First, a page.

What's at Stake
Whether a guilty plea inherently waives a defendant’s right to challenge the constitutionality of his statute of conviction.
In two prior Supreme Court decisions, Blackledge v. Perry, 417 U.S. 21 (1974), and Menna v. New York, 423 U.S. 61 (1975), the Court held that a defendant who pleads guilty can still raise on appeal any constitutional claim that does not depend on challenging his “factual guilt.” In the years since Blackledge and Menna, the circuit courts have divided on whether a defendant’s challenge to the constitutionality of his statute of conviction survives a plea or instead is inherently waived as part of the concession of factual guilt. In this case, petitioner was arrested and charged with possessing a weapon in his car in a parking lot on the Capitol Grounds, where all weapons are prohibited pursuant to 40 U.S.C. § 5104(e). In the district court, after the petitioner argued unsuccessfully that his indictment was in violation of his rights under the 2nd and 14th Amendments, he pled guilty. Petitioner appealed, and the D.C. Court of Appeals held that a guilty plea inherently waives all constitutional claims. In an amicus brief filed by the ACLU and NACDL, we argue that a guilty plea, without more, poses no bar to a substantive constitutional challenge to the statute of conviction, and that the government’s proposed alternatives to such challenges on direct review – namely, securing a conditional guilty plea under Rule 11(a)(2) or attempting to raise a substantive challenge on collateral review—are insufficient alternatives.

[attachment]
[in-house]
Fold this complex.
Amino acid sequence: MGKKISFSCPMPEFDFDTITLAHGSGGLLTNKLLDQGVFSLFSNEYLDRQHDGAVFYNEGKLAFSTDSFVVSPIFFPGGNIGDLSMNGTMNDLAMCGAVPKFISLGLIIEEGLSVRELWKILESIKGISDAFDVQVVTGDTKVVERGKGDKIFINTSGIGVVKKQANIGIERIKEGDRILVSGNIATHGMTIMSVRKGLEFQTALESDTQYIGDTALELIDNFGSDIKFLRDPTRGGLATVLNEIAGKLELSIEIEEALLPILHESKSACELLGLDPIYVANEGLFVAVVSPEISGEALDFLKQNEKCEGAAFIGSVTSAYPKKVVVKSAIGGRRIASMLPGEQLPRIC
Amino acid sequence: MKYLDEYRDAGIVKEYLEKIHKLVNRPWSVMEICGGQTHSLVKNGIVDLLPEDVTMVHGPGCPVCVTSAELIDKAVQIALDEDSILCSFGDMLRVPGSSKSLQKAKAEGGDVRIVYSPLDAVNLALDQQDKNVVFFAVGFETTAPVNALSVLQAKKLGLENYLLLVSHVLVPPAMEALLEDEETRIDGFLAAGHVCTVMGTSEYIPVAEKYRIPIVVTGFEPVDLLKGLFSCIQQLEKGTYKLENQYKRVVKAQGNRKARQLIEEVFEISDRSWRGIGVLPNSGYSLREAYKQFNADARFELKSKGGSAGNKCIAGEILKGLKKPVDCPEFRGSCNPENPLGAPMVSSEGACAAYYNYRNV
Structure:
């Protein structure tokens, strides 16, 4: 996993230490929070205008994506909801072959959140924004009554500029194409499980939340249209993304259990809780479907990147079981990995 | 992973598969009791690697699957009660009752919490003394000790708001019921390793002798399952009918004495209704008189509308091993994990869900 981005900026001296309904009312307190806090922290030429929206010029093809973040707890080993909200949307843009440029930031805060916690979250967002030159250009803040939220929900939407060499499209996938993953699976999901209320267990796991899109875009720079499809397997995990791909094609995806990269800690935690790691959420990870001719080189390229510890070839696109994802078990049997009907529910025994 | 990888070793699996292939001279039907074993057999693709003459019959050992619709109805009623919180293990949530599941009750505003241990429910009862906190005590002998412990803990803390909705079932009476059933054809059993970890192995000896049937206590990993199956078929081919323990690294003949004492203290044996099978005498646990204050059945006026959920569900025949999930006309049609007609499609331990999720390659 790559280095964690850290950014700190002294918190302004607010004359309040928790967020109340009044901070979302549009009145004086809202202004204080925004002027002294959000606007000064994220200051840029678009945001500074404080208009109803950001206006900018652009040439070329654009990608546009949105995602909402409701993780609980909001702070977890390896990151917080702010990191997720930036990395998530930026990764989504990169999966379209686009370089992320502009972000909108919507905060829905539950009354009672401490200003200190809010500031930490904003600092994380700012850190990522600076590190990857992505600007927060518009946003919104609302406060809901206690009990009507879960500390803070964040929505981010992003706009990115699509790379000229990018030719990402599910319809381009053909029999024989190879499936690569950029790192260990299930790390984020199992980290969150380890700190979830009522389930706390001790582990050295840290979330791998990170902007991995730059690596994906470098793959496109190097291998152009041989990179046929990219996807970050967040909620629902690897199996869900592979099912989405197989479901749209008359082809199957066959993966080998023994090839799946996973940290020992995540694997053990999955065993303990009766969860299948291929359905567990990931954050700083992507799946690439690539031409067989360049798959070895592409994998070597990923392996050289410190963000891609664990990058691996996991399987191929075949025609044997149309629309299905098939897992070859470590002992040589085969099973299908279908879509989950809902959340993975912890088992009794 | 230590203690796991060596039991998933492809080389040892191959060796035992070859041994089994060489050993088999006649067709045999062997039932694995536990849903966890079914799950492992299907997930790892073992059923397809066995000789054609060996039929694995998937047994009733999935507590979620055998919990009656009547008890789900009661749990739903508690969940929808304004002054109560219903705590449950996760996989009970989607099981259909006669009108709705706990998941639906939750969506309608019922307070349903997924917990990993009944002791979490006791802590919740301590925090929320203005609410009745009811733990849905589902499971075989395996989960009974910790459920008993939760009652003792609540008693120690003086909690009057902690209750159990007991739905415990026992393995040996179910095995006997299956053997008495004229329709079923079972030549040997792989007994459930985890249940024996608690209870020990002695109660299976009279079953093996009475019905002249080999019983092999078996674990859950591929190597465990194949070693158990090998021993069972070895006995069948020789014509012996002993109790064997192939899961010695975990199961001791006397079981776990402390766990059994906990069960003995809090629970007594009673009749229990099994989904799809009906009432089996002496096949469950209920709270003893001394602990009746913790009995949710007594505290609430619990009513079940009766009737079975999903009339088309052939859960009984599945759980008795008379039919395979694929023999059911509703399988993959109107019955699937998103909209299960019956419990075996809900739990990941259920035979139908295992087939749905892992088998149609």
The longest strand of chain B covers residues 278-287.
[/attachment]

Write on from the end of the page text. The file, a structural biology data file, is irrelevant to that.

Class v. United States - Amicus Brief
Date Filed: 05/26/2017